Gorillaz live at Kong: virtual party is like a AAA pass to the glitziest celebrity shindig

December 12, Kong Studios: the great and good of music – Robert Smith! Elton John! – grace the band's HQ for a gig that invites you to join in the chaos

“Is anybody out there? Hello? Can you hear us?”

In a cavernous secret warehouse, there’s a party underway that would bring Matt Hancock to actual tears. Surrounded by motorbikes, horse-headed dummies, mysterious monoliths, shelves of bizarre bric-a-brac and amps and curtains scrawled with slogans – “STAY NEGATIVE”, “INNATE RASHES”, “IT’S BETTER TO SLEEP WITH A SOBER CANNIBAL THAN A DRUNK CHRISTIAN” – a motley crew of soul kings, bovver boys, rappers, indie heroes, druids and holograms are caught up in some wild midday revelry. It’s a miracle that, in almost 90 minutes, there’s absolutely no appearance whatsoever from Rita Ora.

READ MORE: Gorillaz: “I could feel in my bones that we were due this current trouble”

This is just the first of three weekend livestreams from Gorillaz HQ, aka Kong Studios, and if the vibe at 11am on Saturday morning is anything to go by, it’s going to be 2020’s first 48-hour monster session. Bassist Seye Adelekan licks the camera in a blinding pink suit, flanked by guitarist Jeff Wootton in matching white. A hologram of Beck dances around a nearby golf buggie and Robert Smith is transformed into the moon on the back-of-stage screen. Murdoc and 2D direct the cameras from the gallery, occasionally having Wacky Races across the screens.

And through the visual madness and sonic splatterfest grooves Damon Albarn, more rambunctious ringmaster than centrepiece. He raps into a megaphone, hammers keytars and parps toy trumpets in a bomber jacket, docker cap and glittery Elton pineapple shades, like someone sacked from Dexy’s Midnight Runners in 1980 for looking far too pleased with himself.

The cartoon wrapping of Gorillaz has always been there to give some form of coherence to a wildly disparate and dislocated sort of project, not least on their recent compilation of monthly lockdown tracks ‘Song Machine, Season One: Strange Timez’. So, up close and exposed in the livestream format, and playing the new album largely in order (plus some bonus track swap-ins), they rightly embrace the anything-goes jumble behind the ‘toons. Once Robert Smith has laced ‘Strange Timez’ with his aura of melodic anguish and holographic Beck has slipped’n’slid his way through the psych-pop ‘Valley Of The Pagans’, London singer Leee John twirls onto the cabaret stage in person, spinning falsetto soul harmonies over ‘The Lost Chord’. It’s like looking behind the Wizard Of Oz’s curtain to find there’s a wild-ass psychedelic punch party going on back there.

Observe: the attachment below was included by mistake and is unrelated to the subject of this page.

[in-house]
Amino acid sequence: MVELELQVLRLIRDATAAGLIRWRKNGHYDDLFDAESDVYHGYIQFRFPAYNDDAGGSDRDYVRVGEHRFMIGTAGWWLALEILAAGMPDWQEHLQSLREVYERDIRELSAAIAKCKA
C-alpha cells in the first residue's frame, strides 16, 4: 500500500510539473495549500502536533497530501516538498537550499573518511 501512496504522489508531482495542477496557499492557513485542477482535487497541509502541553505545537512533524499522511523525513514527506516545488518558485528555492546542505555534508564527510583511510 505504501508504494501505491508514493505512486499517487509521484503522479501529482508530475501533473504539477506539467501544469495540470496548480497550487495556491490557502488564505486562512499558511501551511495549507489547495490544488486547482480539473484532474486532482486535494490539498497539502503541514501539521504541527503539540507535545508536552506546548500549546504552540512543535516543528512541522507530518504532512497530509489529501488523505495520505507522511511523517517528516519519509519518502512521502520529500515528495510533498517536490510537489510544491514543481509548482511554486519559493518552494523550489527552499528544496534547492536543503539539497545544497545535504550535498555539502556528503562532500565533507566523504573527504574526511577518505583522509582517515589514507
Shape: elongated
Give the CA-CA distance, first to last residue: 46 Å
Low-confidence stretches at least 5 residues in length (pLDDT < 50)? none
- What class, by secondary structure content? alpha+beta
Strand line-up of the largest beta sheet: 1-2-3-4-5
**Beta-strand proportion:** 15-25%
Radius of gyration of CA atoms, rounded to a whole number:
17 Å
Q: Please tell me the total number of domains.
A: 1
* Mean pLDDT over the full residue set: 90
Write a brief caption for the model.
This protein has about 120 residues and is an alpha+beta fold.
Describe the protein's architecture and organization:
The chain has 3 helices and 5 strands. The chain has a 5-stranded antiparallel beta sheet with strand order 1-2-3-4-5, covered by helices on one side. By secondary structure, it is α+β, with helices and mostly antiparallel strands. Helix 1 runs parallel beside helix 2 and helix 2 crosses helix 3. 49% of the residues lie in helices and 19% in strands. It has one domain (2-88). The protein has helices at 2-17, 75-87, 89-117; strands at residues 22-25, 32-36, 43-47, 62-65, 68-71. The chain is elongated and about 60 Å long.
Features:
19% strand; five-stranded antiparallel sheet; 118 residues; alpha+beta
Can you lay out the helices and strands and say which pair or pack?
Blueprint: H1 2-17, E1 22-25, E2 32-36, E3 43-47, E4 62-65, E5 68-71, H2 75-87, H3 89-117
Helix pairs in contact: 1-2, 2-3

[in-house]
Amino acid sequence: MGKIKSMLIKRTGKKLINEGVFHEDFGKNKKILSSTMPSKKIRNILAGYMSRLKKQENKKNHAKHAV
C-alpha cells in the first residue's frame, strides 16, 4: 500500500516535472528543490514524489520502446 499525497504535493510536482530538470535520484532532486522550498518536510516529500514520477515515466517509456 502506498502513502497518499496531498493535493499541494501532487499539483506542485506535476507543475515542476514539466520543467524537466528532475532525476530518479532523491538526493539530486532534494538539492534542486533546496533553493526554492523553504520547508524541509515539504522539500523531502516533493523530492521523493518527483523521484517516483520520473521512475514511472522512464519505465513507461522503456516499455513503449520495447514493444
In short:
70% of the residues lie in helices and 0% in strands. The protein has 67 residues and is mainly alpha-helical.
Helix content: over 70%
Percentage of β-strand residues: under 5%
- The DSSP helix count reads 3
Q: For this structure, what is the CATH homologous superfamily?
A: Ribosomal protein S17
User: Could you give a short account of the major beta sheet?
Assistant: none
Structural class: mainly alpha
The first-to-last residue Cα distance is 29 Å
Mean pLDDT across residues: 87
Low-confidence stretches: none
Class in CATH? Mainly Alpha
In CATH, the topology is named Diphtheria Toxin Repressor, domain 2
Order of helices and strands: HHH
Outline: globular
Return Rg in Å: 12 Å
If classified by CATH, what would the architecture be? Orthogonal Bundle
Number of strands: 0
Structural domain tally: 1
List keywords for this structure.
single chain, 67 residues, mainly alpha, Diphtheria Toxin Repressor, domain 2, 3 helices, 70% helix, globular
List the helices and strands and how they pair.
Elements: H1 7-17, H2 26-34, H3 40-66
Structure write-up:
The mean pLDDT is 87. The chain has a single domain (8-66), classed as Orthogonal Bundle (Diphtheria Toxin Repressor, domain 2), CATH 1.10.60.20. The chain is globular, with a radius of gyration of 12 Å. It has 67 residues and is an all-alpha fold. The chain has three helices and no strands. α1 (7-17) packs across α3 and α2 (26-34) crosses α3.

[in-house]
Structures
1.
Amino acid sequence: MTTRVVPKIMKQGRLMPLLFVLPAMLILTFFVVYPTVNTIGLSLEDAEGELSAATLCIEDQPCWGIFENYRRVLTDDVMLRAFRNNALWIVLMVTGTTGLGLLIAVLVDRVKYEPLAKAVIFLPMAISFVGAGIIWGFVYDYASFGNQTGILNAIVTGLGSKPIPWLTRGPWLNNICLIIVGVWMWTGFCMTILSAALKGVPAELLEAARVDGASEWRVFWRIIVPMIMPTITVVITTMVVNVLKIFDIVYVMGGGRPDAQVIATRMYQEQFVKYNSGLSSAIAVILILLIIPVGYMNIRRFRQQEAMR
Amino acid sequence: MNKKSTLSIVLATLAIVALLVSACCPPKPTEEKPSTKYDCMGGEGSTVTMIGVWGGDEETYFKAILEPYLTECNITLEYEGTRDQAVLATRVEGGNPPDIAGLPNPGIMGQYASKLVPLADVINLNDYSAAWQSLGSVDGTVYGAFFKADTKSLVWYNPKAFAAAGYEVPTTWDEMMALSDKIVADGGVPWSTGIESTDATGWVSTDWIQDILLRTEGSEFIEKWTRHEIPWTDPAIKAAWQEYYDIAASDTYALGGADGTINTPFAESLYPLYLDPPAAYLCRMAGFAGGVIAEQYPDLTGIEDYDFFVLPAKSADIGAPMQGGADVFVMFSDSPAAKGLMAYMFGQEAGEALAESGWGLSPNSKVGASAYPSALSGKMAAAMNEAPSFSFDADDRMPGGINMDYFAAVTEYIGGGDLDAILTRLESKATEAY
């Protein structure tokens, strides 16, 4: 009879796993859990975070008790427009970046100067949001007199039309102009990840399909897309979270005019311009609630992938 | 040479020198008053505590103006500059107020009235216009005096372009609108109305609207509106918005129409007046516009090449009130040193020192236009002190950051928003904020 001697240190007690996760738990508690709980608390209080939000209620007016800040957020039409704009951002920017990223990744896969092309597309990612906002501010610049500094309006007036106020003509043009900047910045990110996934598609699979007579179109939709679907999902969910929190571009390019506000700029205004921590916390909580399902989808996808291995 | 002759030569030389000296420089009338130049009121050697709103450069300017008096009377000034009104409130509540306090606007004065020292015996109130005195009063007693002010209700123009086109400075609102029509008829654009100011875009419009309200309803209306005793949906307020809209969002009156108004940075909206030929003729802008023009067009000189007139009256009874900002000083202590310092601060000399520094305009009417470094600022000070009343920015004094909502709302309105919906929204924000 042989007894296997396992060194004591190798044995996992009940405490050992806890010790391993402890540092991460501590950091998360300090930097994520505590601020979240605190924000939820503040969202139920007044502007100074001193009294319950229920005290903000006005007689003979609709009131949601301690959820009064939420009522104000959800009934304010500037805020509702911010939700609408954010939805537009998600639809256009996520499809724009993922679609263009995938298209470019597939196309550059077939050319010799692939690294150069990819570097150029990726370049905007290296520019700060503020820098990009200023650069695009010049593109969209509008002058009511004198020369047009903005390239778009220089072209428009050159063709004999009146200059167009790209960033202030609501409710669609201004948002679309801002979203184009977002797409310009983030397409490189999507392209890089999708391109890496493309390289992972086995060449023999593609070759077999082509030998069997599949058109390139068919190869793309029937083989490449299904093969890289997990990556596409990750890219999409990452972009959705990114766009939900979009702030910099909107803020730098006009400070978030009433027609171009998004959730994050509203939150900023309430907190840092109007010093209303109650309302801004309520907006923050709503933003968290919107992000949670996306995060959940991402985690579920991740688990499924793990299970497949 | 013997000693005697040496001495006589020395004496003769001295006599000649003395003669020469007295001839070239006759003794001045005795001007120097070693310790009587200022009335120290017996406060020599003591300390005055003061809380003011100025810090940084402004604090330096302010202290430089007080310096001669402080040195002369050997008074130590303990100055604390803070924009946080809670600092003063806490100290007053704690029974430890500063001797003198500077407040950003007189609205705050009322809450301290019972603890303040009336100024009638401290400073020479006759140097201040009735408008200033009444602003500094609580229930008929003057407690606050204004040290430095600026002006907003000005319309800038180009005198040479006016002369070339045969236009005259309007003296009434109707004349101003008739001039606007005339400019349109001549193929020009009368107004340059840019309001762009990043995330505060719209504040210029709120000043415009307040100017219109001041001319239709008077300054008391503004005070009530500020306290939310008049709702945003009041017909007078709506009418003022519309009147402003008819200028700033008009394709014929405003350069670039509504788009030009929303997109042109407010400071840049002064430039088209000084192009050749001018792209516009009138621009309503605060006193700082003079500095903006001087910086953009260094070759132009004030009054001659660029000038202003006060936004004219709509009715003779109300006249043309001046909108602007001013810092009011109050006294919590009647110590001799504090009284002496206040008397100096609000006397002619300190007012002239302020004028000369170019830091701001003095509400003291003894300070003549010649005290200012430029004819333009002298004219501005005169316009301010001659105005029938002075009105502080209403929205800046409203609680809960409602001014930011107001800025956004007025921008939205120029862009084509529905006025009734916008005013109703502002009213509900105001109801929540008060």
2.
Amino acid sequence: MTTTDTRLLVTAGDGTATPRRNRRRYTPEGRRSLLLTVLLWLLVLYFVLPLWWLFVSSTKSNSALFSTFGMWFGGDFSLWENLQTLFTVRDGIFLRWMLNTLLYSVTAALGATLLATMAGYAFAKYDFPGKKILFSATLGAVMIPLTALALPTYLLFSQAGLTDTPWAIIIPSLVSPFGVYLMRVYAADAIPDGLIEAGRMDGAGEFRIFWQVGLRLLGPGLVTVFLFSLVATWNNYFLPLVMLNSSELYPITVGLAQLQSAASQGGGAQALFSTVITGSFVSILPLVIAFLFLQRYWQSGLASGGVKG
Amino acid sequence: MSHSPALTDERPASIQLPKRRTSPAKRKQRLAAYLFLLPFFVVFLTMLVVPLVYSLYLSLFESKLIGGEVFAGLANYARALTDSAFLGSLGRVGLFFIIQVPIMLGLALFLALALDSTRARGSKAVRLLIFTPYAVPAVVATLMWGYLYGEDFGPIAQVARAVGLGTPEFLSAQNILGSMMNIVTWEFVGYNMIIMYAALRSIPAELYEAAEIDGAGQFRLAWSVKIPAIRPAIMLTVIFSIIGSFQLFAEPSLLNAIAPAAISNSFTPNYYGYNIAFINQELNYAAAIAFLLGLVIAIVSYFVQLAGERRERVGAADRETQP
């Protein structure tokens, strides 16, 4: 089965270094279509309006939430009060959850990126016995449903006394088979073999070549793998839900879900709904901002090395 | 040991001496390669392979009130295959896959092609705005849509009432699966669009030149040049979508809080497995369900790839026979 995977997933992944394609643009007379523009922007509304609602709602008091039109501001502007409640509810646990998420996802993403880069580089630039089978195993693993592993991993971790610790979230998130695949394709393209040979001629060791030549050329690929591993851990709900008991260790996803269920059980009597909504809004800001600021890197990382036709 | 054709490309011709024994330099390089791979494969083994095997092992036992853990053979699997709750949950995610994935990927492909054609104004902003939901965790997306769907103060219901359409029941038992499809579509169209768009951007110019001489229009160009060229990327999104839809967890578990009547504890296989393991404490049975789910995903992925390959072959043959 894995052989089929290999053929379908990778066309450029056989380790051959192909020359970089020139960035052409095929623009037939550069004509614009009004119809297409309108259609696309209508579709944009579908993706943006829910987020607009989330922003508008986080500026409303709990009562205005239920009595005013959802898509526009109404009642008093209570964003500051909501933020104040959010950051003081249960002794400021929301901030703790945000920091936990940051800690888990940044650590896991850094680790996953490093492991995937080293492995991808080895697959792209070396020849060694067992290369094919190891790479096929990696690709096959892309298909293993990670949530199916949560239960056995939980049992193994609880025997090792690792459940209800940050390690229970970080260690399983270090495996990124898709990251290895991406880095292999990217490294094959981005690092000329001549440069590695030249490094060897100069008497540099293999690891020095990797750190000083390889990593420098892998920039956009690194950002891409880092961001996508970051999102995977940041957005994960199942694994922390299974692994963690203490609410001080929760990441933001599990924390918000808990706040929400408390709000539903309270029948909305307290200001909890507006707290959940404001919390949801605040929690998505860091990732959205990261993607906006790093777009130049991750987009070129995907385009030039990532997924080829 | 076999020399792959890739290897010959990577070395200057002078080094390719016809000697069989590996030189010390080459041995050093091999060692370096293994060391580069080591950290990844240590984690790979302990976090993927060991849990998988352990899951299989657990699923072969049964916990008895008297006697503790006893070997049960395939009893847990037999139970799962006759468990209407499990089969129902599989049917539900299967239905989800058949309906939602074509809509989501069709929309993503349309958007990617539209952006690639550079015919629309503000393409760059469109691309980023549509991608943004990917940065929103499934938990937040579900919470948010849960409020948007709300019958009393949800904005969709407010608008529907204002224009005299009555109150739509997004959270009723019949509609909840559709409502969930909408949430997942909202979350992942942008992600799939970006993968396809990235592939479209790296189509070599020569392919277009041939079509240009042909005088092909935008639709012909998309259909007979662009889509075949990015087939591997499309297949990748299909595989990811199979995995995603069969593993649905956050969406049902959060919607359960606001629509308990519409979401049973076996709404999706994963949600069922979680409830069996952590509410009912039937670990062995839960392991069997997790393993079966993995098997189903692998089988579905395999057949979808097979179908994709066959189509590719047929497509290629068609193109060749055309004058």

These are tracks that often feel like classic funk, pop, rap and soul music intermingled, encoded, beamed out into the cosmos and deciphered by some far advanced civilisation. It’s a futurist, universal melting pot approach that allows Damon to get away with crooning a desolate melody amid the orchestral rhumba party of ‘Désolé’; merging JPEGMafia’s sunny rap with CHAI’s J-Pop on ‘MLS’; and creating a raging miasma of future soul at the start of EarthGang’s psychedelic disco groover ‘Opium’.

It’s a methodology that also needs focus, though and, without any old hits for us to synchronise with every now and then, this falls to Damon’s more crystalline moments in the spotlight. On ‘Pink Phantom’ he duets with a cartoon Elton John, who sits at a grand piano festooned with a hairy hand candelabra. For ‘Dead Butterflies’, he teases emotive boudoir soul refrains from his keyboard, while Kano sits on a nearby riser paying tribute to the D-boss. When Peter Hook arrives to play cumulonimbus bass on the superb ‘Aries’, Damon beams and shrugs through his euphoric twist on a New Order tune as if he knocks out such glacial indie-pop brilliance in his sleep.

Credit: press

Slaves and Slowthai burst that blissful bubble, bawling into Damon’s face and flouting social distancing rules like a 2020 fresher’s week, for the gloriously exuberant punk of ‘Momentary Bliss’. From there, Gorillaz return to 2005 album ‘Demon Days’. Matt Berry emerges in a druid’s cape, lowers his hood and intones Dennis Hopper’s chilling parable of greed, exploitation and environmental destruction ‘Fire Coming Out Of The Monkey’s Head’ at an eagle lectern.


The band then retire to a side-lounge featuring a Christmas tree topped with an upside-down cross and a framed photo of old-timey comedian Ken Dodd, there to relax into an interlude of drowsy funk and tranquillised reggae on ‘Dracula’, ‘Demon Days’ and a ‘Last Living Souls’ with an optimistic coda. “Are we the last living souls?” Damon asks the camera, then whispers, “no”, with a smile that suggests he’s already off his face on top-grade Pfizer.

If Gorillaz live shows can sometimes feel like insider celebrity parties you’ve been permitted to press your nose to the window of, Live From Kong is the first time we’ve felt invited inside, amid the chaos.

Credit: press

Gorillaz played

‘Strange Timez’

‘The Valley of the Pagans’

‘The Lost Chord’



‘The Pink Phantom’



‘Dead Butterflies’


‘Momentary Bliss’

‘Fire Coming Out of the Monkey’s Head’

‘Last Living Souls’


‘Don’t Get Lost in Heaven’

‘Demon Days’

‘Clint Eastwood’

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